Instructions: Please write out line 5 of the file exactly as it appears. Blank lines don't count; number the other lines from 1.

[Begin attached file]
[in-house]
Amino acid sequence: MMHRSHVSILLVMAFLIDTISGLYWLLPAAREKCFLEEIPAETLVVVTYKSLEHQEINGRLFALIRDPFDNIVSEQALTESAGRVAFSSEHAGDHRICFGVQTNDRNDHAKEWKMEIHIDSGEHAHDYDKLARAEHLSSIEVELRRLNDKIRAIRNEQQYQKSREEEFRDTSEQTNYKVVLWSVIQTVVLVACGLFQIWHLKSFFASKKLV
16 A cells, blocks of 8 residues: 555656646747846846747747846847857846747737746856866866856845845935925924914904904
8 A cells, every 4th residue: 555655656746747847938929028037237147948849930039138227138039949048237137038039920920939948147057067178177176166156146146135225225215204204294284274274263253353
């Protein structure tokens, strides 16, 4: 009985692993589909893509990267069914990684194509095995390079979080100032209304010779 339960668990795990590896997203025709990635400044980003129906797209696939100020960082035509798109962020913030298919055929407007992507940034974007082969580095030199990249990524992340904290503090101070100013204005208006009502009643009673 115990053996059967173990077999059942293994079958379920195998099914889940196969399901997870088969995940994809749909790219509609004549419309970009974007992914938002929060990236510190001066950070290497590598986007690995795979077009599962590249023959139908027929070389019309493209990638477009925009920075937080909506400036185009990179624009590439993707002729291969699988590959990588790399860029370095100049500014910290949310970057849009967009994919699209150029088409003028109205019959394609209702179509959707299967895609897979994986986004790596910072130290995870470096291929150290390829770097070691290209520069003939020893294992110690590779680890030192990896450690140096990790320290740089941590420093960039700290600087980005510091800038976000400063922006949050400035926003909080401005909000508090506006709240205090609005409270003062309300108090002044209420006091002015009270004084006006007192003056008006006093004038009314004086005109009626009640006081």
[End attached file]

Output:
């Protein structure tokens, strides 16, 4: 009985692993589909893509990267069914990684194509095995390079979080100032209304010779 339960668990795990590896997203025709990635400044980003129906797209696939100020960082035509798109962020913030298919055929407007992507940034974007082969580095030199990249990524992340904290503090101070100013204005208006009502009643009673 115990053996059967173990077999059942293994079958379920195998099914889940196969399901997870088969995940994809749909790219509609004549419309970009974007992914938002929060990236510190001066950070290497590598986007690995795979077009599962590249023959139908027929070389019309493209990638477009925009920075937080909506400036185009990179624009590439993707002729291969699988590959990588790399860029370095100049500014910290949310970057849009967009994919699209150029088409003028109205019959394609209702179509959707299967895609897979994986986004790596910072130290995870470096291929150290390829770097070691290209520069003939020893294992110690590779680890030192990896450690140096990790320290740089941590420093960039700290600087980005510091800038976000400063922006949050400035926003909080401005909000508090506006709240205090609005409270003062309300108090002044209420006091002015009270004084006006007192003056008006006093004038009314004086005109009626009640006081």